Unitarian Universalism backed into a type of moral reasoning based on principles when we adopted the Seven Principles.
A "principle" is a formalized abstraction. "The inherent worth and dignity of every person." The moral reasoning that follows the promotion of a principle is discerning what they principle means and how to apply it to real life situations. Because we have seven principles, we have to also reason through how this principle relates to others. (Should the first principle be first, or should the last be first.?) And finally, because principles are generalizations, they can be tested by trying to find the boundaries and the exceptions, which leads to a lot of discussions about Hitler. Did Hitler still have worth and dignity?
"Virtues", in contrast, are character traits, habitual behaviors, and a mixtures of emotions and rational thought. A virtue is a way of being human. I have my list of the virtues of liberal religion: self-possession, hon…
There has been some discussion on blogs and email lists about this poem that I read at the UUCF communion service in Portland, OR this spring. Much has been said about its content and tone. Read it for yourself.
St. Thomas Didymus
In the hot street at noon I saw him a small man gray but vivid, standing forth beyond the crowd's buzzing holding in desperate grip his shaking teethgnashing son,
and thought him my brother.
I heard him cry out, weeping and speak those words, Lord, I believe, help thou mine unbelief,
and knew him my twin:
a man whose entire being had knotted itself into the one tightdrawn question, Why, why has this child lost his childhood in suffering, why is this child who will soon be a man tormented, torn, twisted? Why is he cruelly punished who has done nothing except be born?
The twin of my birth was not so close as that man I heard say what my heart sighed with each beat, my breath silently cried in and out, in and o…
Voicing the suspicion that the Independent Affiliate disaffiliation has actually been an institutional and administrative dodge to the question of polyamory and the UUPA has, as could be expected, kicked off a discussion of the same subject on this blog. So be it.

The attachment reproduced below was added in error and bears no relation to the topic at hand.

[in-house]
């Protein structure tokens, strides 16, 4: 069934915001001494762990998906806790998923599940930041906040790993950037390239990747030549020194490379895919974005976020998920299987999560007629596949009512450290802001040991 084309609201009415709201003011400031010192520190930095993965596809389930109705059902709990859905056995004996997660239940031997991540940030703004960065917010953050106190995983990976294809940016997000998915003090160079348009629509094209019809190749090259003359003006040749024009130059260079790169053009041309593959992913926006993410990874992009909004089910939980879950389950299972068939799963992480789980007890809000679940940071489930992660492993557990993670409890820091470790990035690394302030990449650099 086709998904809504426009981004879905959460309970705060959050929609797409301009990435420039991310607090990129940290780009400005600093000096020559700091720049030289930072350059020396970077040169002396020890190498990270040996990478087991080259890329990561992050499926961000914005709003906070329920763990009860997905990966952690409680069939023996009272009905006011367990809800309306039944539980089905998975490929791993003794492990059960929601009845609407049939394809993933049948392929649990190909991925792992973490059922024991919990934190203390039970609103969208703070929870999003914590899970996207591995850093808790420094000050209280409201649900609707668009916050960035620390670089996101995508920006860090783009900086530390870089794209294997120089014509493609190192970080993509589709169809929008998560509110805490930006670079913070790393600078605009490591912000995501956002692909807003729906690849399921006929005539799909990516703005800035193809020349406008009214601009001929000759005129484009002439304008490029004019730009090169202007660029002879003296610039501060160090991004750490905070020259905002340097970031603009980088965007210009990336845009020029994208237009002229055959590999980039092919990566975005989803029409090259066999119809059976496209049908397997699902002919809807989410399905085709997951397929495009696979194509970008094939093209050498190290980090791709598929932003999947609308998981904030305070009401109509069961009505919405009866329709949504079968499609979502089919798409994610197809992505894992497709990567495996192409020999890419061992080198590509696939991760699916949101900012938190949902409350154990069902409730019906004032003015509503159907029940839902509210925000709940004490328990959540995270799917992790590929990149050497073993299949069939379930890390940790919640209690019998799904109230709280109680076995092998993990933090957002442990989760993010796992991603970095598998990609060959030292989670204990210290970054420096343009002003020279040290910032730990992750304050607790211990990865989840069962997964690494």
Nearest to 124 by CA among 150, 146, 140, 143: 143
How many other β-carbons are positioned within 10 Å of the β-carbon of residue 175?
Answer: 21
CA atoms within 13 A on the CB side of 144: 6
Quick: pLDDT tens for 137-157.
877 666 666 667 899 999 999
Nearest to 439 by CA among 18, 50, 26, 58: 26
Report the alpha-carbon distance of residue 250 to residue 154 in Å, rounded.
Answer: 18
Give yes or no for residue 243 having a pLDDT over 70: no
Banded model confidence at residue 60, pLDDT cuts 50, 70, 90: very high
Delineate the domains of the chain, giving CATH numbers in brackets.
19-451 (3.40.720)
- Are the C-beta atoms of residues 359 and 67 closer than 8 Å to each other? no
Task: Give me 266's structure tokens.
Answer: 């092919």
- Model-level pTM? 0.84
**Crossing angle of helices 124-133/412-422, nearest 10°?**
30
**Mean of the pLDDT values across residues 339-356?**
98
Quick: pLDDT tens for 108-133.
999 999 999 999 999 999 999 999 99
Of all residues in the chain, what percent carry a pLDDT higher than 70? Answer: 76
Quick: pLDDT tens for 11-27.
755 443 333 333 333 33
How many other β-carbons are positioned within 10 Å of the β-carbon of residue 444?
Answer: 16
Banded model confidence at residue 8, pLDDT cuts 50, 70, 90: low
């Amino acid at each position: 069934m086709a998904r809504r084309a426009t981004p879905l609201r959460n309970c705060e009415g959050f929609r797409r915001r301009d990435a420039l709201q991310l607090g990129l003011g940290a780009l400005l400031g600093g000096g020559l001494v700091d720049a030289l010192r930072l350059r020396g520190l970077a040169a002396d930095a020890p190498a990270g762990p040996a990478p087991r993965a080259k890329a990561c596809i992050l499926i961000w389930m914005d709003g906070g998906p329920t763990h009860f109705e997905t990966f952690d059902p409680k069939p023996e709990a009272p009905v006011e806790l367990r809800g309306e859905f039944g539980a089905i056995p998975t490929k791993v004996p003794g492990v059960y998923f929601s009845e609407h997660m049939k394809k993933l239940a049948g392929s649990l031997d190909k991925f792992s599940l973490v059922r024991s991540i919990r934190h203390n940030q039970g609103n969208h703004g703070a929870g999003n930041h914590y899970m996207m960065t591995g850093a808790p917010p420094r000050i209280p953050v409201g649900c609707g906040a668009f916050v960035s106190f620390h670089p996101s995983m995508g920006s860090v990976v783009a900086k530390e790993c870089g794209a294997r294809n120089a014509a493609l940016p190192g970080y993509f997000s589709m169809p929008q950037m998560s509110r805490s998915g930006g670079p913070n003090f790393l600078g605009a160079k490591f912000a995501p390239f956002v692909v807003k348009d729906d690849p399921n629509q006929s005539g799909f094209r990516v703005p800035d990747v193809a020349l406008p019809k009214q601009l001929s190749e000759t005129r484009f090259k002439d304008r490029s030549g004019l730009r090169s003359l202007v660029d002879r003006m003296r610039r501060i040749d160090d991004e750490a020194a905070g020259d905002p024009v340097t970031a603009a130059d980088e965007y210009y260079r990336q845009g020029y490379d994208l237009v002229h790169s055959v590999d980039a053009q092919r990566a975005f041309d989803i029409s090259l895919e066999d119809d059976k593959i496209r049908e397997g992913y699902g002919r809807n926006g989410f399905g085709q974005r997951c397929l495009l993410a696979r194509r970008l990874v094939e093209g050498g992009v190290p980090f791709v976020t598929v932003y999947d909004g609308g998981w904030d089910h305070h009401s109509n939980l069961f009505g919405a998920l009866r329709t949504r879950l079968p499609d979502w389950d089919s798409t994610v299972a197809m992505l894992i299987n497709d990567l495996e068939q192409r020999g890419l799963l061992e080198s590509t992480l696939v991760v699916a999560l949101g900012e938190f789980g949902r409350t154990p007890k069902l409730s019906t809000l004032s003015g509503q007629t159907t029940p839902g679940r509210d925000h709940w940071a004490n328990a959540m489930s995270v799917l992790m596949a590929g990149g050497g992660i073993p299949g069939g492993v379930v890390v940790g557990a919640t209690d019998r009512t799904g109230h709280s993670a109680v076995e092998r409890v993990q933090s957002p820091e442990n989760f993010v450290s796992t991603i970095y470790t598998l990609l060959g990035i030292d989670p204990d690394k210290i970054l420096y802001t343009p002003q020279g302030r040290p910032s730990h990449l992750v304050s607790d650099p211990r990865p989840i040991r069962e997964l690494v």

Some of where I am coming from.
1. Monogamy has been the norm in this culture for a long time. It is a restraint in that it does not come easily to everyone. It chafes. It calls for self-discipline. 2. Other cultures practice various forms of polygamy, and that is usually to the detriment of women. How this works out in the new global culture coming is anyone's guess. 3. There has been, also, a bohemian rebellion against monogamy among the more privileged sets for quite a while under a variety of names: free love, open marriage, and now "polyamory". Polyamory is a neologism -- a new and made up word which carries within itself a loaded message. Who is against more and many loves? The question is not how …
I wonder if the UUA's stuckness on race isn't built into our DNA, established at the time of merger. As I have mentioned before, our formation came in a particular time of history (1961) and at a particular time in the development of liberal religion.
Religious liberals were polarized between theists and humanists, and as a consequence turned toward public ministry as a way to unify.
At that point in time, the early 1960's, Racial Liberalism was the prevailing social vision. (Racial Liberalism can be defined as Integration and the minimization of racial difference. Color-blindness as a goal.)
In the absence of deeper theological unity, Racial Liberalism became the practical embodiment of Universalism, what we understood ourselves to be. Not just what we believed, but what we were.
You can see it in the shocked white response to the formation of black-only UU organizations in the late 1960's. Race-based caucusing was seen to a violation of something fundamental about…
The institutional DNA of the Unitarian Universalist Association was established at the time of merger. (I am talking about the UUA, not individual congregations, or this larger thing of the "liberal religious tradition in the USA")
I see three governing assumptions that come down from the time of merger.
(1) We are going to be bigger. The merger generation assumed that we were poised to become the religious movement that captured the emerging new consensus: progressive, modernist, liberal, cosmopolitan, tolerant. Millions of people were coming our way; our work was to make them room.
The problem with the assumption that we are the verge of growth is that it has created a recurring frustration, a nagging "what is wrong with us?" bouncing around in our collective heads.
(2) The merger generation thought that public ministry was our most important work. The President would be our public spokesperson, and their ideal ministry setting was the steps of the Capitol.